Health Op-Ed

Frequent Exposure To Hair Dye Harms Nervous System By Ayo Otubanjo

Frequent Exposure To Hair Dye Harms Nervous System By Ayo Otubanjo
  • PublishedNovember 11, 2017

It is quite shocking the number of women who have visited our clinics for consultations explaining their horrendous experiences at certain hair salons and the resulting hair loss they have suffered.

There is a general lack of oversight by most governments on products used in hair salons and which contain a number of hazardous chemicals that may harm your health. Also, most salon workers lack basic understanding of the products they use and in most cases have not been properly trained in their application.

There are several products used in salon services such as hair dye, wig glue/hairpiece bonding, hair extension glue and lace wig glue. These products contain some extremely toxic chemicals which can be very dangerous for your health. Some of these chemicals are toluene, styrene, trichloroethylene and dioxane to mention a few.

Toluene is a clear, colourless liquid with a distinctive smell. It is a good solvent (a substance that can dissolve other substances). Toluene occurs naturally in crude oil and in the tolu tree. It is produced in the process of making gasoline and other fuels from crude oil and in making coke from coal.

Toluene may have an effect on your nervous system (brain and nerves). Nervous system effects can be temporary, such as headaches, dizziness, or unconsciousness. However, effects such as uncoordination, cognitive impairment, and vision and hearing loss may become permanent with repeated exposure, especially at concentrations associated with intentional solvent abuse.

Styrene is primarily used in the production of polystyrene plastics and resins. Acute (short-term) exposure to styrene in humans results in mucous membrane and eye irritation, and gastrointestinal effects. Chronic (long-term) exposure to styrene in humans results in effects on the central nervous system , such as headache, fatigue, weakness, and depression, hearing loss and peripheral neuropathy.

The main use of trichloroethylene is in the vapour degreasing of metal parts. It is also used as an extraction solvent for greases, oils, fats, waxes, and tars, a chemical intermediate in the production of other chemicals, and as a refrigerant. Acute (short-term) and chronic (long-term) inhalation exposure to trichloroethylene can affect the human central nervous system, with symptoms such as dizziness, headaches, confusion, euphoria, facial numbness, and weakness.

Dioxane is a clear colourless liquid with a faint ethereal odour. It is also used as a solvent. Acute (short-term) inhalation exposure to high levels of dioxane has been shown to cause vertigo, drowsiness, headache, anorexia and irritation of the eyes, nose, throat, and lungs in humans. It may also irritate the skin.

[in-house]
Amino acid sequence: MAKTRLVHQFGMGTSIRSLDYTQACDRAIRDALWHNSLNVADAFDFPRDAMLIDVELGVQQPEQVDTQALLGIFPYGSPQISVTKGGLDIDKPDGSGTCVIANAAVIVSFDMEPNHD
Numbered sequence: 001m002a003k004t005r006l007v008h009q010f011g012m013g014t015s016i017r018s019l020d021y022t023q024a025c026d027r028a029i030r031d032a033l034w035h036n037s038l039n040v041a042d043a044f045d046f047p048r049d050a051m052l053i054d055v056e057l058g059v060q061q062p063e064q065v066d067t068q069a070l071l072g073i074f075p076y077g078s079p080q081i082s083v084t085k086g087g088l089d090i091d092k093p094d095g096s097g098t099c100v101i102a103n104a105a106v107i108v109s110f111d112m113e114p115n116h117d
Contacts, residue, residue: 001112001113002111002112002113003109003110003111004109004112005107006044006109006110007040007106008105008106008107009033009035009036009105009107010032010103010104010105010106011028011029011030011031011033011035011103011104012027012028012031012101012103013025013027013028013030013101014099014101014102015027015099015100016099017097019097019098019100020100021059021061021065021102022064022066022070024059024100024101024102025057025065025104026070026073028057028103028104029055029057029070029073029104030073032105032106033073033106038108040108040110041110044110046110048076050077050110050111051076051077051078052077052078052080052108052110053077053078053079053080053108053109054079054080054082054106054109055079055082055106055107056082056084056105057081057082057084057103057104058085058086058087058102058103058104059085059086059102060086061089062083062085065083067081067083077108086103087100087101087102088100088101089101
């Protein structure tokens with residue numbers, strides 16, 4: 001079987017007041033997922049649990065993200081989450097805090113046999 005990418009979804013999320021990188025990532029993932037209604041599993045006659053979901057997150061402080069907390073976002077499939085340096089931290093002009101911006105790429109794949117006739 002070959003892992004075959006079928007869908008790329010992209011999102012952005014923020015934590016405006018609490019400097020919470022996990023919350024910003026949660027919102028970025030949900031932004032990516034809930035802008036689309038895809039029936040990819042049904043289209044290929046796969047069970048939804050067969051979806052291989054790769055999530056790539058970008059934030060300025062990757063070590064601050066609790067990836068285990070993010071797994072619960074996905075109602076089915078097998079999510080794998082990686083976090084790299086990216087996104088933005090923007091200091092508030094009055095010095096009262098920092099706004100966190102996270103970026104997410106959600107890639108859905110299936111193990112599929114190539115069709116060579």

The extent of the inherent dangers of these chemicals depends on the frequency of interaction with them. While a salon customer may only be exposed to small quantities of these potentially hazardous chemicals during their short visits, a salon worker on the other hand is constantly exposed to these chemicals on a daily basis in the course of their work.

Salon workers who have experienced breathing problems, headaches, skin rashes, or other health problems while at work should consult their doctors and insist that their employers provide them with safer alternative products or provide them with precautionary items to protect their health. Long term studies of salon workers have also reported higher risks of chronic conditions, including certain cancers, immune diseases, asthma, and higher risk of some birth defects in their children.

While the salon customer may be at a lesser risk than the salon worker, we have witnessed some cases where the former have suffered irreparable scalp damage and total baldness. In some extreme cases, the customer has suffered from health conditions occasioned by their visits to the salon.

Salon customers can take certain precautionary steps such as insisting on studying the products and checking the chemical components. Ingredients in salon products can sometimes be found on the product label, although manufacturers are not required to fully list all ingredients in products sold for professional use.

If you have recently visited a salon and have developed serious itchiness on the scalp, you need to consult either a dermatologist or if you are experiencing hair loss, you need to consult a hair restoration consultant before it is too late and irreparable damage sets in.

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